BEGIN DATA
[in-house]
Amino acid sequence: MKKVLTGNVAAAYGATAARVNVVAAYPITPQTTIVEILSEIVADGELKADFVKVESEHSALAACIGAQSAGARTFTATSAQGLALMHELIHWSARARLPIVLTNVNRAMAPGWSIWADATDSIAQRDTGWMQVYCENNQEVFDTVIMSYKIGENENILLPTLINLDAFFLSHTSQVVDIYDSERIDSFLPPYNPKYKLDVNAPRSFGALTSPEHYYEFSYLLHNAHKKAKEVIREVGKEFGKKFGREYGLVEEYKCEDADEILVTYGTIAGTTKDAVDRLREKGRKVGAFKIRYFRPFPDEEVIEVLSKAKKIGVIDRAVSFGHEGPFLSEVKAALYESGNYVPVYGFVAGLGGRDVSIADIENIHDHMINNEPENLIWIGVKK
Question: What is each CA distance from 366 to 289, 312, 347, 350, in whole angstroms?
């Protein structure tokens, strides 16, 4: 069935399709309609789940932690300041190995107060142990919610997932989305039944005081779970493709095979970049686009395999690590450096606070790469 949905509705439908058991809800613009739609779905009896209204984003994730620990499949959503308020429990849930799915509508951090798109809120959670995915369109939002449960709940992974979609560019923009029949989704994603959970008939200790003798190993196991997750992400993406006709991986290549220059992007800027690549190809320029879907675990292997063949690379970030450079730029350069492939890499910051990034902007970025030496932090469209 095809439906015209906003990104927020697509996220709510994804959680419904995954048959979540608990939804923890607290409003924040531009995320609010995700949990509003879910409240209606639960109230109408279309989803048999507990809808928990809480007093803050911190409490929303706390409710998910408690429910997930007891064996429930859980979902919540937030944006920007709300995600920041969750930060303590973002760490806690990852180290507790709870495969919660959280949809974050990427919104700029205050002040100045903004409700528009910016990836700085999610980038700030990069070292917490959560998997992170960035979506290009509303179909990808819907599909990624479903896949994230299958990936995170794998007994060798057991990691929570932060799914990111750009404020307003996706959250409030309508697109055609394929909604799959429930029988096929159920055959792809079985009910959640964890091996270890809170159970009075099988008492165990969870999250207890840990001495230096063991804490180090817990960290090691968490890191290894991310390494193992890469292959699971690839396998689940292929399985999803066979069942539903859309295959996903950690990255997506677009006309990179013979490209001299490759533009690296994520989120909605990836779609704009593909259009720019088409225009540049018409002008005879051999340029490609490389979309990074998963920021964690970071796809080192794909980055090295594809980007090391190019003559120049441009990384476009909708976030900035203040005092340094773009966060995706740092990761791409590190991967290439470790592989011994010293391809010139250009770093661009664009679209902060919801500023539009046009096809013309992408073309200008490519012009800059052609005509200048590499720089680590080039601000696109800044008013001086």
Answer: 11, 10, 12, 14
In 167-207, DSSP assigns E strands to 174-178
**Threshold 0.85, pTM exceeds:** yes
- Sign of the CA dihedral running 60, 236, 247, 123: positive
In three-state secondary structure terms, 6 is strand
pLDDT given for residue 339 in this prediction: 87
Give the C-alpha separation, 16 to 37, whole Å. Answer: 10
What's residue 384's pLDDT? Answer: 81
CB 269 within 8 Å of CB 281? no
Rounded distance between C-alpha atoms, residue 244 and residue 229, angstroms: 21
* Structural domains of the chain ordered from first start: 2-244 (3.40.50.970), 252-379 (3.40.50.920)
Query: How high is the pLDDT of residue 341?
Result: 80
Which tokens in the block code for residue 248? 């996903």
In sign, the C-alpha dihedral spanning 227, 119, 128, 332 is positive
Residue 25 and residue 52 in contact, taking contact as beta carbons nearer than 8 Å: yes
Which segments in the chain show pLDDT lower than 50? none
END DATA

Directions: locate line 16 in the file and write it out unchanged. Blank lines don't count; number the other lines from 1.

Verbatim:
Query: How high is the pLDDT of residue 341?